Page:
The sharp, fang-shaped peninsula of desert wilderness between Africa and Asia, the Sinai covers an area of 61,000 square kilometres and stands at the northernmost end of the Red Sea. Africa and Asia were once joined firmly together as a single supercontinent but powerful tectonic forces in the earth's crust split them apart 20 million years ago, with the Red Sea forming in between. The Red Sea was once connected to the Mediterranean - from whose waters its deep basin was filled by cascading waterfalls over many millennia - but falling sea levels around 200 million years ago uncovered a neck of land between them, opening the overland passage between Africa and Asia via the Sinai. Whilst the Sinai does not have the geographical diversity of Africa or Asia it counts as one of the great wildernesses of the world; a realm of vast, sweeping deserts, deep, shadowy gorges, high tablelands and jagged mountains whose summits rise over 2500m. The Sinai stood between the great settled powers of Egypt and Mesopotamia but without rivers and rich soils for settled cultivation it came to be populated almost entirely by nomads. The Pharaohs saw the Sinai as a wild desert frontier, valuable mostly for its mineral riches, which they launched successive military expeditions to extract. The Sinai came under Nabataean influence in the third century BC and would later be absorbed into the Roman and Byzantine Empires. Faraway powers of the settled world have long claimed the Sinai as their own but few if any have ever been able to exert full control over the region; the Sinai grew as a remote, isolated wilderness realm between continents. It developed on its own lines, growing into one of the world's great homelands for nomadic peoples and both a fabled and historic refuge for exiles, prophets and kings.
Our first human journey
The Sinai is the most ancient travelling corridor on earth; the age old passage land through which humanity made its earliest journeys out of Africa. Homo Sapiens were not the first species of our human family to make this voyage; around 1.8 million years ago - over a million years before Homo Sapiens had even evolved - a species called Homo Erectus moved from Africa to Asia through the Sinai, reaching China and Java within 200,000 years. Some scientists claim Homo Erectus was even preceded on its journey out of Africa by earlier species, although this is debated. Homo Sapien remains in the Levant show our own species had walked outside Africa as long as 180,000 years ago but attempts to go further or establish any permanent presence were unsuccessful. In the most literal sense our earliest journeys out of Africa were dead ends. Nevertheless, 60-70,000 years ago something changed and a group of humans perhaps numbering as little as 1000 walked out of Africa and continued beyond, with successive waves following. Some suggest the first group reached Asia over the southern waters of the Red Sea but a DNA analysis published in 2015 presents strong evidence to indicate they exited through the Sinai. We know little about why this group took the bold move of venturing out of Africa into lands that had only been a graveyard for Homo Sapiens before. Some speculate climate change may have brought us near to extinction in Africa, necessitating a venture to new frontiers; others that improvements in tools, nutrition or language equipped us better to survive. Whatever the reasons, the passage of our forebears through the Sinai represents perhaps the most important journey in our human past; one that shaped the entire world as we know it today.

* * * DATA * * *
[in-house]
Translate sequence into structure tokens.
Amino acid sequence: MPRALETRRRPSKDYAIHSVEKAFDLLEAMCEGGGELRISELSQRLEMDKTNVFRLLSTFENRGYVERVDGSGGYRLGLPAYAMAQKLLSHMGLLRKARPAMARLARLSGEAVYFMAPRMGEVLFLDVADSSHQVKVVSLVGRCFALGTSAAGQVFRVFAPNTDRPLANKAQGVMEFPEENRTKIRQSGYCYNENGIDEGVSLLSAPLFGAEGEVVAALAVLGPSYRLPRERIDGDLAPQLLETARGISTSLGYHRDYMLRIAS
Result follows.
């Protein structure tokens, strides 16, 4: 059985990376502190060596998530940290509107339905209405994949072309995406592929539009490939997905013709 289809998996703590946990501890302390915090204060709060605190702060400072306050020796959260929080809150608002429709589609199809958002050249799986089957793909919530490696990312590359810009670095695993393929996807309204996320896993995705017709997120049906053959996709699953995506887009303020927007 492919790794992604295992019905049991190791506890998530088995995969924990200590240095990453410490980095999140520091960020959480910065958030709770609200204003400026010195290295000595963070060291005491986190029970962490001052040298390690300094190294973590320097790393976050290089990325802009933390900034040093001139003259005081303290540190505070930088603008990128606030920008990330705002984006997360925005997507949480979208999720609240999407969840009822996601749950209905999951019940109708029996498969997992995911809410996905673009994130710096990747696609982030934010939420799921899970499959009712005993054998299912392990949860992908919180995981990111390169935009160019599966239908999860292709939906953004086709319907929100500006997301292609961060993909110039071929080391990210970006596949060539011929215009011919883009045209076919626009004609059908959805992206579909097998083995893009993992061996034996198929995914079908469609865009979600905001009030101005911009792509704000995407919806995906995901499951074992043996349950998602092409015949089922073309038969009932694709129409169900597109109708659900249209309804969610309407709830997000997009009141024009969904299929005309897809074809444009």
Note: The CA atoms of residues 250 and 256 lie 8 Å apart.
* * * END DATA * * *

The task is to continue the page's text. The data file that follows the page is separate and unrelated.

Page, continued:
The wilderness refuge